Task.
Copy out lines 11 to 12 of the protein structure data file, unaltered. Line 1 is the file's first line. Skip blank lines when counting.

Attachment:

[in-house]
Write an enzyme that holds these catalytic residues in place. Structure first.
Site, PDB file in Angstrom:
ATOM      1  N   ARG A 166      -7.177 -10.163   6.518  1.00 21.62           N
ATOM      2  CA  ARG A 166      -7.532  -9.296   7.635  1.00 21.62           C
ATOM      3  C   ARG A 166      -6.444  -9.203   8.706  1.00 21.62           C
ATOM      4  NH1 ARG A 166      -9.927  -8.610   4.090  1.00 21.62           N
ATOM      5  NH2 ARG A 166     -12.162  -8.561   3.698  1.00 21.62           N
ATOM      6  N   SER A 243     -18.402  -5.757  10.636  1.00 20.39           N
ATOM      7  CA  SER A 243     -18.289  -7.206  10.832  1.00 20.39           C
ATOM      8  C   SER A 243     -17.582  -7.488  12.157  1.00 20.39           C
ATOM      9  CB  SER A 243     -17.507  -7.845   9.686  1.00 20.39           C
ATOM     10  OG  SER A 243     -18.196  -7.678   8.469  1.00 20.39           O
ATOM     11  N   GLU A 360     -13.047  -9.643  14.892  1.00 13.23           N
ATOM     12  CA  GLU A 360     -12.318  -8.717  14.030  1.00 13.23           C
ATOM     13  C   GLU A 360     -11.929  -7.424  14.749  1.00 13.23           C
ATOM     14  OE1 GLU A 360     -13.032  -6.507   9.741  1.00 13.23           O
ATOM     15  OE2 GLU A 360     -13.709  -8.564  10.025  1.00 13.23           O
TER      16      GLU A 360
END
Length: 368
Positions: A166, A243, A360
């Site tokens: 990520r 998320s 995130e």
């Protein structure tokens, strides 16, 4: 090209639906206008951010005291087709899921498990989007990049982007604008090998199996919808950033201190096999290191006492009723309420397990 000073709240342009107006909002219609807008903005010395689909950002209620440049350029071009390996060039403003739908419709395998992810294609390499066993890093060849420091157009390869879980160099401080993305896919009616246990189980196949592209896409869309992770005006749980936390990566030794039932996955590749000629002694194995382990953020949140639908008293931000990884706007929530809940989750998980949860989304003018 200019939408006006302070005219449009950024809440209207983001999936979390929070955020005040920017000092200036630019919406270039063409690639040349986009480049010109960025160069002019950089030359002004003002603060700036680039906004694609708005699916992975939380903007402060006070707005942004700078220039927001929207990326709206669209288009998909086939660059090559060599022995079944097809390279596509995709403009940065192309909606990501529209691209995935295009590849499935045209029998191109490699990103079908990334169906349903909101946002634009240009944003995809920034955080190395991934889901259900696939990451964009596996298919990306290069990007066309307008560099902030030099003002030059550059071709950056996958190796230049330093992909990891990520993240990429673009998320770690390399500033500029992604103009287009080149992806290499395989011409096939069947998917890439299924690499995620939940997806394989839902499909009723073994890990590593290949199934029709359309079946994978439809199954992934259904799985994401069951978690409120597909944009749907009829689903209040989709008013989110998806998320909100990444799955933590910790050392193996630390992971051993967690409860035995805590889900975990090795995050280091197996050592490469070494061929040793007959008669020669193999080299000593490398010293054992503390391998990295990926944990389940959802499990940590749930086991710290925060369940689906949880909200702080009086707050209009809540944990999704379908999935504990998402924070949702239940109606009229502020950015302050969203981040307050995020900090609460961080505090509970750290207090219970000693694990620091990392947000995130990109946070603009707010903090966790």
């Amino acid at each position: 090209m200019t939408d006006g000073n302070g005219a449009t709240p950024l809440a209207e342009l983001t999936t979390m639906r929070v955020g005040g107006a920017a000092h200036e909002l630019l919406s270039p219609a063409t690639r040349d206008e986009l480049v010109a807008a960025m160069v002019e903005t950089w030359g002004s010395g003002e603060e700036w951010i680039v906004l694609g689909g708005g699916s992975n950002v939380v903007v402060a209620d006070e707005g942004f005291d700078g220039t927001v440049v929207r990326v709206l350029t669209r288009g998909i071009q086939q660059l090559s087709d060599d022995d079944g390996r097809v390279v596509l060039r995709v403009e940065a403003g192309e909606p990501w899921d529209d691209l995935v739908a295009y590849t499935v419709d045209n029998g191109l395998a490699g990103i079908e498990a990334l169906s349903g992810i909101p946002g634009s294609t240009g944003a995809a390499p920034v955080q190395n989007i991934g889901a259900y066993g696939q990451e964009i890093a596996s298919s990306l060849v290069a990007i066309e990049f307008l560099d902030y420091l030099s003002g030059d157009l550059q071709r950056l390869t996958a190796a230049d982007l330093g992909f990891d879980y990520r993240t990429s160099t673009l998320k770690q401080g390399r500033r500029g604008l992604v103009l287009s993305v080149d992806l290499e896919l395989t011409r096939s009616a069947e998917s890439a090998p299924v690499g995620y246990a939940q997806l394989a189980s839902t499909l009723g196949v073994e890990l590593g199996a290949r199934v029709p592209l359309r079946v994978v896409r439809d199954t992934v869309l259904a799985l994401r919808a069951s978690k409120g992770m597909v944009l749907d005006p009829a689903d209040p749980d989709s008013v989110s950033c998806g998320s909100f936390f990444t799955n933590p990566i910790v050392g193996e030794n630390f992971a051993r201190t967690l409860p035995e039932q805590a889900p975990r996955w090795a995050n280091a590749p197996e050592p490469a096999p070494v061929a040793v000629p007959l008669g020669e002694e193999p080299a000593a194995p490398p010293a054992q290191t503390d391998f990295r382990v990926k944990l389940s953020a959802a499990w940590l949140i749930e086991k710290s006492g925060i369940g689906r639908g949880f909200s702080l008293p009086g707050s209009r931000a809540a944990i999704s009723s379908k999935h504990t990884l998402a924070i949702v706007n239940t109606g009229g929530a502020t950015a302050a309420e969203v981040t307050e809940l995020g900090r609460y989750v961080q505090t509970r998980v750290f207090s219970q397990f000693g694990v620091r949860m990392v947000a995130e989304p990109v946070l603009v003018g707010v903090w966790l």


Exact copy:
ATOM      8  C   SER A 243     -17.582  -7.488  12.157  1.00 20.39           C
ATOM      9  CB  SER A 243     -17.507  -7.845   9.686  1.00 20.39           C